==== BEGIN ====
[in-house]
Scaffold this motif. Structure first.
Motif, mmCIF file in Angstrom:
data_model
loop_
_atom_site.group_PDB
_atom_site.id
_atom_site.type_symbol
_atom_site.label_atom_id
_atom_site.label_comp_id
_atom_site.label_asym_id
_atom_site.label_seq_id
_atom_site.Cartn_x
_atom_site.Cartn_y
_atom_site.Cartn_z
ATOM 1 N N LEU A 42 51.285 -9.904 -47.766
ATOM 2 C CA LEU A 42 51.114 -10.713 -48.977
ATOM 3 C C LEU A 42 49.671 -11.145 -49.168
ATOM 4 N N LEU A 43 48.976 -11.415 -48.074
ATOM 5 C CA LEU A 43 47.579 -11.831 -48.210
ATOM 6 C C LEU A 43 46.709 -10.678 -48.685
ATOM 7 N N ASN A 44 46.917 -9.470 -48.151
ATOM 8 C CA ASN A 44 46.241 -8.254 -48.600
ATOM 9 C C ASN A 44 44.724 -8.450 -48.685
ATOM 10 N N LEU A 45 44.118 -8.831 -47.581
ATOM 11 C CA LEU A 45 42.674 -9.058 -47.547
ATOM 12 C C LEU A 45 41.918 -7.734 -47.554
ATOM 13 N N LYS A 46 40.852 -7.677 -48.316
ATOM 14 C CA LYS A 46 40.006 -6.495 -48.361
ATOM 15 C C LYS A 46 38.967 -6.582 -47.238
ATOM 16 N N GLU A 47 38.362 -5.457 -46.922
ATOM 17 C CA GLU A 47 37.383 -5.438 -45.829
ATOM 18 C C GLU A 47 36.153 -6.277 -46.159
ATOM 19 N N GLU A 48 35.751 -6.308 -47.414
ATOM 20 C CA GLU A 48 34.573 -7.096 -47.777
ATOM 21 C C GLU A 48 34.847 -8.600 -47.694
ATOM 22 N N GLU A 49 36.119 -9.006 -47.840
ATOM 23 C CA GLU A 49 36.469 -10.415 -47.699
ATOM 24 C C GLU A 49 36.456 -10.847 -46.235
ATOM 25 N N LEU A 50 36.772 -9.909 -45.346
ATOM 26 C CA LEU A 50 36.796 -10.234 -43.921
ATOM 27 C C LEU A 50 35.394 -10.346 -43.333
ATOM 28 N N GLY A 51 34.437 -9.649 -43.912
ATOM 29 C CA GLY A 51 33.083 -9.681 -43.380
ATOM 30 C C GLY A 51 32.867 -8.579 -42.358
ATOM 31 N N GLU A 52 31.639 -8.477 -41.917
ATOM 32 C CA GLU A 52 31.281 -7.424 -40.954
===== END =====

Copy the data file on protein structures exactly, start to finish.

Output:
[in-house]
Scaffold this motif. Structure first.
Motif, mmCIF file in Angstrom:
data_model
loop_
_atom_site.group_PDB
_atom_site.id
_atom_site.type_symbol
_atom_site.label_atom_id
_atom_site.label_comp_id
_atom_site.label_asym_id
_atom_site.label_seq_id
_atom_site.Cartn_x
_atom_site.Cartn_y
_atom_site.Cartn_z
ATOM 1 N N LEU A 42 51.285 -9.904 -47.766
ATOM 2 C CA LEU A 42 51.114 -10.713 -48.977
ATOM 3 C C LEU A 42 49.671 -11.145 -49.168
ATOM 4 N N LEU A 43 48.976 -11.415 -48.074
ATOM 5 C CA LEU A 43 47.579 -11.831 -48.210
ATOM 6 C C LEU A 43 46.709 -10.678 -48.685
ATOM 7 N N ASN A 44 46.917 -9.470 -48.151
ATOM 8 C CA ASN A 44 46.241 -8.254 -48.600
ATOM 9 C C ASN A 44 44.724 -8.450 -48.685
ATOM 10 N N LEU A 45 44.118 -8.831 -47.581
ATOM 11 C CA LEU A 45 42.674 -9.058 -47.547
ATOM 12 C C LEU A 45 41.918 -7.734 -47.554
ATOM 13 N N LYS A 46 40.852 -7.677 -48.316
ATOM 14 C CA LYS A 46 40.006 -6.495 -48.361
ATOM 15 C C LYS A 46 38.967 -6.582 -47.238
ATOM 16 N N GLU A 47 38.362 -5.457 -46.922
ATOM 17 C CA GLU A 47 37.383 -5.438 -45.829
ATOM 18 C C GLU A 47 36.153 -6.277 -46.159
ATOM 19 N N GLU A 48 35.751 -6.308 -47.414
ATOM 20 C CA GLU A 48 34.573 -7.096 -47.777
ATOM 21 C C GLU A 48 34.847 -8.600 -47.694
ATOM 22 N N GLU A 49 36.119 -9.006 -47.840
ATOM 23 C CA GLU A 49 36.469 -10.415 -47.699
ATOM 24 C C GLU A 49 36.456 -10.847 -46.235
ATOM 25 N N LEU A 50 36.772 -9.909 -45.346
ATOM 26 C CA LEU A 50 36.796 -10.234 -43.921
ATOM 27 C C LEU A 50 35.394 -10.346 -43.333
ATOM 28 N N GLY A 51 34.437 -9.649 -43.912
ATOM 29 C CA GLY A 51 33.083 -9.681 -43.380
ATOM 30 C C GLY A 51 32.867 -8.579 -42.358
ATOM 31 N N GLU A 52 31.639 -8.477 -41.917
ATOM 32 C CA GLU A 52 31.281 -7.424 -40.954